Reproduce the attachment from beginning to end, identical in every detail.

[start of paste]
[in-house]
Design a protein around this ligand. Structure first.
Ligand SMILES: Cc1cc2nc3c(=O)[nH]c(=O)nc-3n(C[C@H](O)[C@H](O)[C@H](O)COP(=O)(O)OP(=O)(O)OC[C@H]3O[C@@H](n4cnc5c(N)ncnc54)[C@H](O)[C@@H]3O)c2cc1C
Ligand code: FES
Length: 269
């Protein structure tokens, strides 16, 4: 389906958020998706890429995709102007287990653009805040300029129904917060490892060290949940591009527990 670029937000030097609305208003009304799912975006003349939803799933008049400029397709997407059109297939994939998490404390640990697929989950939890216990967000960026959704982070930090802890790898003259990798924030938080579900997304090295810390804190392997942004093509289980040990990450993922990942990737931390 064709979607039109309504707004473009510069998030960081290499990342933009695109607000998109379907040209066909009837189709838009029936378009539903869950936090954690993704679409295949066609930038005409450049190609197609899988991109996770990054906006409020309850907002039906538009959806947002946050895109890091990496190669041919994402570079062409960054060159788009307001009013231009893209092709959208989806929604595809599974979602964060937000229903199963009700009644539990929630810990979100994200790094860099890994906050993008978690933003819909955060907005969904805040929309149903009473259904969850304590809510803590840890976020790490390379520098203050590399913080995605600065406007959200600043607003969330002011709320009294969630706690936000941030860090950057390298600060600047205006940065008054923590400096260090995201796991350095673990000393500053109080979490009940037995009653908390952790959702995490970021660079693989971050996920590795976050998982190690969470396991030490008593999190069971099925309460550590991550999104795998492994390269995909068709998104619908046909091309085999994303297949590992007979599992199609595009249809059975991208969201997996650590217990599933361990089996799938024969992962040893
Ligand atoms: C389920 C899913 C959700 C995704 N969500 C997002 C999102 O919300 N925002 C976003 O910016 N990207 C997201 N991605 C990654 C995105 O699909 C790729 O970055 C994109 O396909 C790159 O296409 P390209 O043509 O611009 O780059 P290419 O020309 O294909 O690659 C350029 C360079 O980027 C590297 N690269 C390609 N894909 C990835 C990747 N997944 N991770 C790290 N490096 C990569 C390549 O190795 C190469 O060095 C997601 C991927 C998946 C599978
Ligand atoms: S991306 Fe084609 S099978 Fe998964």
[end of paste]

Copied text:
[in-house]
Design a protein around this ligand. Structure first.
Ligand SMILES: Cc1cc2nc3c(=O)[nH]c(=O)nc-3n(C[C@H](O)[C@H](O)[C@H](O)COP(=O)(O)OP(=O)(O)OC[C@H]3O[C@@H](n4cnc5c(N)ncnc54)[C@H](O)[C@@H]3O)c2cc1C
Ligand code: FES
Length: 269
């Protein structure tokens, strides 16, 4: 389906958020998706890429995709102007287990653009805040300029129904917060490892060290949940591009527990 670029937000030097609305208003009304799912975006003349939803799933008049400029397709997407059109297939994939998490404390640990697929989950939890216990967000960026959704982070930090802890790898003259990798924030938080579900997304090295810390804190392997942004093509289980040990990450993922990942990737931390 064709979607039109309504707004473009510069998030960081290499990342933009695109607000998109379907040209066909009837189709838009029936378009539903869950936090954690993704679409295949066609930038005409450049190609197609899988991109996770990054906006409020309850907002039906538009959806947002946050895109890091990496190669041919994402570079062409960054060159788009307001009013231009893209092709959208989806929604595809599974979602964060937000229903199963009700009644539990929630810990979100994200790094860099890994906050993008978690933003819909955060907005969904805040929309149903009473259904969850304590809510803590840890976020790490390379520098203050590399913080995605600065406007959200600043607003969330002011709320009294969630706690936000941030860090950057390298600060600047205006940065008054923590400096260090995201796991350095673990000393500053109080979490009940037995009653908390952790959702995490970021660079693989971050996920590795976050998982190690969470396991030490008593999190069971099925309460550590991550999104795998492994390269995909068709998104619908046909091309085999994303297949590992007979599992199609595009249809059975991208969201997996650590217990599933361990089996799938024969992962040893
Ligand atoms: C389920 C899913 C959700 C995704 N969500 C997002 C999102 O919300 N925002 C976003 O910016 N990207 C997201 N991605 C990654 C995105 O699909 C790729 O970055 C994109 O396909 C790159 O296409 P390209 O043509 O611009 O780059 P290419 O020309 O294909 O690659 C350029 C360079 O980027 C590297 N690269 C390609 N894909 C990835 C990747 N997944 N991770 C790290 N490096 C990569 C390549 O190795 C190469 O060095 C997601 C991927 C998946 C599978
Ligand atoms: S991306 Fe084609 S099978 Fe998964």